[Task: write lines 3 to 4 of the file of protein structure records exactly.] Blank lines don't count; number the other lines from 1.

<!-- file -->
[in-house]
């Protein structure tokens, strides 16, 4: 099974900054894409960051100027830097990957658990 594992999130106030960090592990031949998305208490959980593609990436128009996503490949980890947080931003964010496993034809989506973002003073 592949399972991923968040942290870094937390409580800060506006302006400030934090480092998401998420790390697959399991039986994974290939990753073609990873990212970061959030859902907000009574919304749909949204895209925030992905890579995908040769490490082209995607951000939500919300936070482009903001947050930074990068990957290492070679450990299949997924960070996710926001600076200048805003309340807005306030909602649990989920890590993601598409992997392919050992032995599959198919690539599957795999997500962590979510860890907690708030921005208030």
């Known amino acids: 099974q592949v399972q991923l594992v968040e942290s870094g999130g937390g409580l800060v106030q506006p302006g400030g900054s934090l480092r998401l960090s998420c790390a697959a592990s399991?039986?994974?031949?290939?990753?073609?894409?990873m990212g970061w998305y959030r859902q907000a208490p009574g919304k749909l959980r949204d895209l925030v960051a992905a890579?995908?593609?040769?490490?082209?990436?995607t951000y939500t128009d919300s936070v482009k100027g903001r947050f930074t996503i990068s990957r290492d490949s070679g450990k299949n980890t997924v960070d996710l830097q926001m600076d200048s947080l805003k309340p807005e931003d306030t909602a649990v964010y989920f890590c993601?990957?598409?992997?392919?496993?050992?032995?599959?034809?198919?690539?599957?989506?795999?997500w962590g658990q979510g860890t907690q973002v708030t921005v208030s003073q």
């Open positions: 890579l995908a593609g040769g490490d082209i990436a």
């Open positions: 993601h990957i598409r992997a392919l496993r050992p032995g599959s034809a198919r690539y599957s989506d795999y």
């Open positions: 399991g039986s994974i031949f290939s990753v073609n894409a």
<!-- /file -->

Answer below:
């Known amino acids: 099974q592949v399972q991923l594992v968040e942290s870094g999130g937390g409580l800060v106030q506006p302006g400030g900054s934090l480092r998401l960090s998420c790390a697959a592990s399991?039986?994974?031949?290939?990753?073609?894409?990873m990212g970061w998305y959030r859902q907000a208490p009574g919304k749909l959980r949204d895209l925030v960051a992905a890579?995908?593609?040769?490490?082209?990436?995607t951000y939500t128009d919300s936070v482009k100027g903001r947050f930074t996503i990068s990957r290492d490949s070679g450990k299949n980890t997924v960070d996710l830097q926001m600076d200048s947080l805003k309340p807005e931003d306030t909602a649990v964010y989920f890590c993601?990957?598409?992997?392919?496993?050992?032995?599959?034809?198919?690539?599957?989506?795999?997500w962590g658990q979510g860890t907690q973002v708030t921005v208030s003073q």
């Open positions: 890579l995908a593609g040769g490490d082209i990436a």